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Spatial & Multisectoral Impacts of Paris Agreement Article 6 under Different Equity-driven Emissions Mitigation Pathways
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  • Mel George,
  • Sha Yu,
  • Leon Clarke,
  • James Edmonds
Mel George
Pacific Northwest National Laboratory,University of Maryland, College Park

Corresponding Author:georgemv@umd.edu

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Sha Yu
Pacific Northwest National Laboratory
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Leon Clarke
University of Maryland College Park
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James Edmonds
Pacific Northwest National Lab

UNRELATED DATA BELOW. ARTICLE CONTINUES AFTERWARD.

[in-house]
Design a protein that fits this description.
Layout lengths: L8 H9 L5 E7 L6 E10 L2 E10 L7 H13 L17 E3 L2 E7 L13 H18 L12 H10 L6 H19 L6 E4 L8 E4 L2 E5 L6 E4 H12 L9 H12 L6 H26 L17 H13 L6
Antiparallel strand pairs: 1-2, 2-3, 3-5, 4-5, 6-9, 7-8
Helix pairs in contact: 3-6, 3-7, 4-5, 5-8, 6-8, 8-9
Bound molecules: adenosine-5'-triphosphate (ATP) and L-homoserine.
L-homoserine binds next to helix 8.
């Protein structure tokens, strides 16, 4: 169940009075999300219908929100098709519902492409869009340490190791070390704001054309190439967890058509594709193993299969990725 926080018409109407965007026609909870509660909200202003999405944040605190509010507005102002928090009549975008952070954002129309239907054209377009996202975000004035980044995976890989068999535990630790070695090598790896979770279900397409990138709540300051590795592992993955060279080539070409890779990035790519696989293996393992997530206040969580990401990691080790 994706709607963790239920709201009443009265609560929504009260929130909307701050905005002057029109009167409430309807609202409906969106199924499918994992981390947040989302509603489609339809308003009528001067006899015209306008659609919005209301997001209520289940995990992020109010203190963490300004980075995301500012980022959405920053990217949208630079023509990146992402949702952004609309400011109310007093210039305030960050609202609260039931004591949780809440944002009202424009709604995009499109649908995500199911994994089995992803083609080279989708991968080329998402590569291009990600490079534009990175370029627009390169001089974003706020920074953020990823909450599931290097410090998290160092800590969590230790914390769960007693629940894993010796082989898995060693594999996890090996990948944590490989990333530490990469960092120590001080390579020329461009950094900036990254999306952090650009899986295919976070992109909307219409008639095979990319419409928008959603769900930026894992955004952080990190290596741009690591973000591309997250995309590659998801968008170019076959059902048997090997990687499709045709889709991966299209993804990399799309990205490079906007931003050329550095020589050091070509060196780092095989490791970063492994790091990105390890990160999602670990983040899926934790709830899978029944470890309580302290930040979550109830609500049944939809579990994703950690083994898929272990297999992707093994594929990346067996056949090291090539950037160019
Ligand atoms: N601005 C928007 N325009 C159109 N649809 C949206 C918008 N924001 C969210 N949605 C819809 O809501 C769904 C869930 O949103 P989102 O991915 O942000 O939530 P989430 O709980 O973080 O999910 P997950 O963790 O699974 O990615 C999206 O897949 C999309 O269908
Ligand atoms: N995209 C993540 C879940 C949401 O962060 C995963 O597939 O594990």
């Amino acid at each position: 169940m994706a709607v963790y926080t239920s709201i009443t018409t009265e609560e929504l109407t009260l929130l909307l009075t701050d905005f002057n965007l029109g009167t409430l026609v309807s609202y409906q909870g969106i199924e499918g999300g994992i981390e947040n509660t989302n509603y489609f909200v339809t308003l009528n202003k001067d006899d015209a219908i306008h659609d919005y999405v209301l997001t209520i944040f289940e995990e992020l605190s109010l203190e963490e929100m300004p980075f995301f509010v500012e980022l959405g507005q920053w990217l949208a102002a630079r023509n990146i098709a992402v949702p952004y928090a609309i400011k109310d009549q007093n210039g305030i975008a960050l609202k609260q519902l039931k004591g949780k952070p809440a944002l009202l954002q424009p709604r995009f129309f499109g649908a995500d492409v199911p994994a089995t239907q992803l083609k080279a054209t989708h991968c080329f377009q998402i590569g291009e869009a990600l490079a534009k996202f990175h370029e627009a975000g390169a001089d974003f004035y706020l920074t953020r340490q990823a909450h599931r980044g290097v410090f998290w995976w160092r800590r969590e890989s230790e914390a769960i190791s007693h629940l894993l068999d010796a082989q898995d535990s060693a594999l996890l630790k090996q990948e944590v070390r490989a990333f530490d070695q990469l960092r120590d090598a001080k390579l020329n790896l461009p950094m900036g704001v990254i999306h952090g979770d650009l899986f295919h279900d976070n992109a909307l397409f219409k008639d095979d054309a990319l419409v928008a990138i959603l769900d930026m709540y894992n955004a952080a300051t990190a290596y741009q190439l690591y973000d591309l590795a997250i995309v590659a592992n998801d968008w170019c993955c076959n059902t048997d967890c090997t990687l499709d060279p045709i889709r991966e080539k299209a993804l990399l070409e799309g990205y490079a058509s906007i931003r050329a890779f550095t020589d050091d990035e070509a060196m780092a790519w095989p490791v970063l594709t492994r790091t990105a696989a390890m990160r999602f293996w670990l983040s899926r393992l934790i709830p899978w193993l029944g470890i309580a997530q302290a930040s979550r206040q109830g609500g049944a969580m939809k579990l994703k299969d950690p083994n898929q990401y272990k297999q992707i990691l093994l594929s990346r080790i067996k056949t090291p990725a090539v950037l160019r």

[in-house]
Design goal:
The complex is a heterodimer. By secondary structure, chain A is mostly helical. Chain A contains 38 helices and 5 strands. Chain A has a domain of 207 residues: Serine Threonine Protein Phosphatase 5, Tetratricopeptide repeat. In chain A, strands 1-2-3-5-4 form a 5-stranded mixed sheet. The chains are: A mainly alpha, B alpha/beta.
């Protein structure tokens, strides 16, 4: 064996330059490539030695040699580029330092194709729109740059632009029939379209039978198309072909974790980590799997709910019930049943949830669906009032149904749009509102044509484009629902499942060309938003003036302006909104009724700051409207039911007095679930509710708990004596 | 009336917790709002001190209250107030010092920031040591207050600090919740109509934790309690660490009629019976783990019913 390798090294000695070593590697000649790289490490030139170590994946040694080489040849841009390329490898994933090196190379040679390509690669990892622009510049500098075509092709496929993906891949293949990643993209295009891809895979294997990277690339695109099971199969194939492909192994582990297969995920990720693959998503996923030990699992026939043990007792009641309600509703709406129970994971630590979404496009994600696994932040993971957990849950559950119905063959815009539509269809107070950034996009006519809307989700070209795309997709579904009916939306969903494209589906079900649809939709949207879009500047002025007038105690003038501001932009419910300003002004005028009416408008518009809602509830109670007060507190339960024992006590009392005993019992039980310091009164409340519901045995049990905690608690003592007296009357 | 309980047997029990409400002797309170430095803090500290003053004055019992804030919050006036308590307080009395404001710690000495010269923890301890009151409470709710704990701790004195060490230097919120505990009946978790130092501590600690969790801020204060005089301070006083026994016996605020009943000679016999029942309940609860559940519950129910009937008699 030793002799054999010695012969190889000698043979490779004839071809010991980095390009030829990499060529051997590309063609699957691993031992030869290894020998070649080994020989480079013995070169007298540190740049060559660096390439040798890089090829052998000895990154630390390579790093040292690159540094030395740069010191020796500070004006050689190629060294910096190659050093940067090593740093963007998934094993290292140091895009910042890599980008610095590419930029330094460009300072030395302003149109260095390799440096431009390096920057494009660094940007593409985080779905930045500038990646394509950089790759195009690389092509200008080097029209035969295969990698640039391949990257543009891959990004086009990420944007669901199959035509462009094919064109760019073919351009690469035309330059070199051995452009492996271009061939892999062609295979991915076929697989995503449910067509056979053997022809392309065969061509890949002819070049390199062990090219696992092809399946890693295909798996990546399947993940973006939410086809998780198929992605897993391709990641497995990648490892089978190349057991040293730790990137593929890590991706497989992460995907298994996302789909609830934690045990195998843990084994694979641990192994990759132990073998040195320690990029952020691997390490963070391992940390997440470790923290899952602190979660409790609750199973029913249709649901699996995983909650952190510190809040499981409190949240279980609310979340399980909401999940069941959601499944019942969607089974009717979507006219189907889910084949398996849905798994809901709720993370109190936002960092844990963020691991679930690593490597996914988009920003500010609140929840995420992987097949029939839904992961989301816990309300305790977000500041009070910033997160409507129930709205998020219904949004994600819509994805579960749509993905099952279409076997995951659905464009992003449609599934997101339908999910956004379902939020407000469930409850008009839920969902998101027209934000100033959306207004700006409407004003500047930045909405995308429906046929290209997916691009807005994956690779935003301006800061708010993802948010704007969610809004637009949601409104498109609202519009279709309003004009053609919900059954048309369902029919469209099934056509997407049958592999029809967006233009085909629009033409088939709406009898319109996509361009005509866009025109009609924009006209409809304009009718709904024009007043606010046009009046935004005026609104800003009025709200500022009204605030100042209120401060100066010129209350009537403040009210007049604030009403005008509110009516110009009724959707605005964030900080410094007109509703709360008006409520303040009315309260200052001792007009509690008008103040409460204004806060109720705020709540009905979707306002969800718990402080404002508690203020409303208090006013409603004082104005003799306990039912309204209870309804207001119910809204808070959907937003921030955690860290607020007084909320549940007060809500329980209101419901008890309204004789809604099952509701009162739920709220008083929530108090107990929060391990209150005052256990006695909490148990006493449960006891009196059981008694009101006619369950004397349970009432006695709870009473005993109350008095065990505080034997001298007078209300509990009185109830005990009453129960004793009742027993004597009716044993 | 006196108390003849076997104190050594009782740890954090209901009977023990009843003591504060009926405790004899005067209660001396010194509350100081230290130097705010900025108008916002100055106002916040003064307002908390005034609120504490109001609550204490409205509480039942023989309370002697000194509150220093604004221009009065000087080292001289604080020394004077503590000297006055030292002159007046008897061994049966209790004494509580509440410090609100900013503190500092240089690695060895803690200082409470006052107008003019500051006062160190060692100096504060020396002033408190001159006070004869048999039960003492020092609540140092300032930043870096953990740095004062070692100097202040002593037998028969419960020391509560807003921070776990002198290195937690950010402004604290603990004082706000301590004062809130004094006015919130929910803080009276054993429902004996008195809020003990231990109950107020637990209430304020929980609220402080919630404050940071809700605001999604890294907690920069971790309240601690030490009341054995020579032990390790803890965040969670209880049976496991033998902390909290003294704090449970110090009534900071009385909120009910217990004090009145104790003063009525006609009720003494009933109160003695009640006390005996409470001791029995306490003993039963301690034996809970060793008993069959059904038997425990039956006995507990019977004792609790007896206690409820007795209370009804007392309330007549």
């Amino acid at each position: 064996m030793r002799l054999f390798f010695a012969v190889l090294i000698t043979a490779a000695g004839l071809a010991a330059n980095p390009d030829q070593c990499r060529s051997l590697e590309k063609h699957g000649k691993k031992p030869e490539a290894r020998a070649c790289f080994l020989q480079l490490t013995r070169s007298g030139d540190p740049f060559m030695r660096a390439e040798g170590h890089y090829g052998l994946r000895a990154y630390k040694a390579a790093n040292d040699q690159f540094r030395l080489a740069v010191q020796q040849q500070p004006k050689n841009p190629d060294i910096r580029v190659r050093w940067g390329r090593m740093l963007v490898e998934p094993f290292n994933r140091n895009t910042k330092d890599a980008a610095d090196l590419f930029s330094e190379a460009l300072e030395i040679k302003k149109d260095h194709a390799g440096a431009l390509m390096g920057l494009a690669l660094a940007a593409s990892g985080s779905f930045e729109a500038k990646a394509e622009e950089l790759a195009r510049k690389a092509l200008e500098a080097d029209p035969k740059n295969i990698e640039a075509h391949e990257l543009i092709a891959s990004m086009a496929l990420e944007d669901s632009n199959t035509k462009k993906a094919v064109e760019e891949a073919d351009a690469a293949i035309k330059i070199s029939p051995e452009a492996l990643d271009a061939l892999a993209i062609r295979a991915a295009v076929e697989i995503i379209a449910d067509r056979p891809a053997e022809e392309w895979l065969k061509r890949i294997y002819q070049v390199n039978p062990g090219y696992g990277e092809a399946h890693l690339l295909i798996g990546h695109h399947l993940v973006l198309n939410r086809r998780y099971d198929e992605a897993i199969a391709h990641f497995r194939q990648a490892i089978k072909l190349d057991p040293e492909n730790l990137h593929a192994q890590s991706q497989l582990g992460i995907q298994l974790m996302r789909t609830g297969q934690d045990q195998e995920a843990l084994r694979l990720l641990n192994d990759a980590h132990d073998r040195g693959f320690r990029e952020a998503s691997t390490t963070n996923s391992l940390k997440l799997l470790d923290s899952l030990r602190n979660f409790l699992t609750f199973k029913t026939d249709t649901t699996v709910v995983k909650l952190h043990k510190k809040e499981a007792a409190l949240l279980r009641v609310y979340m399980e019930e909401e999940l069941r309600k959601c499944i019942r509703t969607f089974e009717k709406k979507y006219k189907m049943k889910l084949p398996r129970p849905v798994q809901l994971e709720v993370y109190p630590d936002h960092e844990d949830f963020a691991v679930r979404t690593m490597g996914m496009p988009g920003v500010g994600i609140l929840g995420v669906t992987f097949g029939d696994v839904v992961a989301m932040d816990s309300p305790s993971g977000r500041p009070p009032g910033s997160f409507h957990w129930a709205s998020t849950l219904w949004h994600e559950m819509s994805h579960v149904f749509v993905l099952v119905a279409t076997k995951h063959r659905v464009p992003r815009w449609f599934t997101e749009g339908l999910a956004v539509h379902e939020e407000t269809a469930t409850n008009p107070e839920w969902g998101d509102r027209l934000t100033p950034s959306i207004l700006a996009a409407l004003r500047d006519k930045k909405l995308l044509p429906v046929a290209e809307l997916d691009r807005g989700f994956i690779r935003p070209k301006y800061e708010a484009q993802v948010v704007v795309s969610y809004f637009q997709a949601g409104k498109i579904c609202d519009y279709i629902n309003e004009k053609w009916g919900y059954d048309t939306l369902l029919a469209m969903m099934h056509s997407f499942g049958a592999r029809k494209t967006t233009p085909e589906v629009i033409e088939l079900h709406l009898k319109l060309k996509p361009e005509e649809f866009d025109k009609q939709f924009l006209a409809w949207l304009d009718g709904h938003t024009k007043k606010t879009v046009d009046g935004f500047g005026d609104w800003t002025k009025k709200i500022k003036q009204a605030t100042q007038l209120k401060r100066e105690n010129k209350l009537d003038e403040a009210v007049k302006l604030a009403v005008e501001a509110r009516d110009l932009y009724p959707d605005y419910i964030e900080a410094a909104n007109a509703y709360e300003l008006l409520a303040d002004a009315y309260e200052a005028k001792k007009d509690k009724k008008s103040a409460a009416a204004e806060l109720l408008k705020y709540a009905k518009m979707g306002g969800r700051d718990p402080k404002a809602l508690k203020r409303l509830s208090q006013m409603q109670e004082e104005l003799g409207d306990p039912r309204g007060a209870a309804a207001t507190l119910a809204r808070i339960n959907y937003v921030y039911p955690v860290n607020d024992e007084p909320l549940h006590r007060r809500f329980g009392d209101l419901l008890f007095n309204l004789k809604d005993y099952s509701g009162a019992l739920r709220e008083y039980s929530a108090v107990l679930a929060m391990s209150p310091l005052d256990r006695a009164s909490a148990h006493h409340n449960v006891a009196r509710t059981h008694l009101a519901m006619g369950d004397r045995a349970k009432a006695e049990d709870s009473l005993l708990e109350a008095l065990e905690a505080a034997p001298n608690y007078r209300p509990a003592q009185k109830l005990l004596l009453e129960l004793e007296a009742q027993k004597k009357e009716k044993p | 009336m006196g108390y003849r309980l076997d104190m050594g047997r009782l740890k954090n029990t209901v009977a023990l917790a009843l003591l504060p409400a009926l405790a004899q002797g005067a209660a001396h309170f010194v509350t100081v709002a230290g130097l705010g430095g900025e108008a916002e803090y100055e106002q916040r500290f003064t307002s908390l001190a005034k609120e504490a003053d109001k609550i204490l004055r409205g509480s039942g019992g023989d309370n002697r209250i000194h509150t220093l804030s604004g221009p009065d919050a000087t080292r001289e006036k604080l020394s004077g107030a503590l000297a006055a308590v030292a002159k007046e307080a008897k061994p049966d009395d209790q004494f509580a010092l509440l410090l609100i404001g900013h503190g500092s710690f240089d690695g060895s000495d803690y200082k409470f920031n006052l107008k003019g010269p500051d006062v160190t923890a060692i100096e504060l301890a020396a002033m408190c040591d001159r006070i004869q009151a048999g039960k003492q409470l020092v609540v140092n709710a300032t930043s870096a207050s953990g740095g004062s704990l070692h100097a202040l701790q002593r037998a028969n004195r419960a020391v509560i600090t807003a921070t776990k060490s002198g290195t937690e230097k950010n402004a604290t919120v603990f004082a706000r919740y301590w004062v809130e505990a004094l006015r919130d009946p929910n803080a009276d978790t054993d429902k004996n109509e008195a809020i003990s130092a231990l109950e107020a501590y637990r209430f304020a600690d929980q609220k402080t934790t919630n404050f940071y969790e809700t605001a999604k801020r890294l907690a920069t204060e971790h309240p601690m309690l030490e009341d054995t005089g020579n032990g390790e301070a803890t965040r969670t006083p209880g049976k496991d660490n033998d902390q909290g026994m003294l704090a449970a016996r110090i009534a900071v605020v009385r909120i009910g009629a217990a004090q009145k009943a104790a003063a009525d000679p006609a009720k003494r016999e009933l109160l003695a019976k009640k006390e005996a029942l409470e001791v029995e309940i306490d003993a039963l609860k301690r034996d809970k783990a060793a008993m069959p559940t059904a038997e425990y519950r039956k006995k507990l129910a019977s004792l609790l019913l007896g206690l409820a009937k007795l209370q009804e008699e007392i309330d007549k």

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Article 6 of the Paris Agreement on greenhouse gases enables countries to cooperate in implementing their nationally determined contributions (NDCs) towards emission reduction. Current national policies may fail to deliver on the “well below 2℃” climate goal & international cooperation through carbon markets under Article 6 is expected to enhance flexibility in mitigation options, make it cost-effective and enhance mitigation ambition overall. As countries prepare for the Glasgow Conference of Parties (COP26), the rules for such mechanisms are expected to be finalized. We analyze three questions: What is the aggregate & spatial distribution of economic efficiency gains & financial flows between Global North & South with Article 6? What is the impact of limits on inclusion of nature-based solutions? What are the multisectoral dynamic effects on technology deployment & capital investment in the Global South? We use the GCAM (Global Change Analysis Model) integrated assessment model & an 8-scenario matrix with two emission trajectories achieving carbon neutrality based on equity principles. In each case, we measure the geographic distribution of economic gains till 2050 between a pathway where countries move independently or participate cooperatively in a global carbon market. We analyze the spatial and multisectoral impacts on electricity asset stranding & investments in different mitigation options, including CCS (carbon capture & sequestration), electric vehicles, energy efficiency & renewable energy technologies. Employing limits on land area engaged for mitigation from fossil fuel sources, we showcase the sensitivity of these results to nature-based solutions. We find that in contrast to the popular notion that the Global South will inevitably gain through such global carbon market transfers, the story is more intricate. There is also a noticeable impact of limiting nature-based solutions for countries in Latin America & Sub-Saharan Africa. Further we show differences in deployment of low-emissions technologies in the near term. This has implications for technological growth & incentives for mitigation. This study provides insights for design of future global markets or regional carbon clubs & shows equity tradeoffs in achieving economic efficiency in climate change mitigation.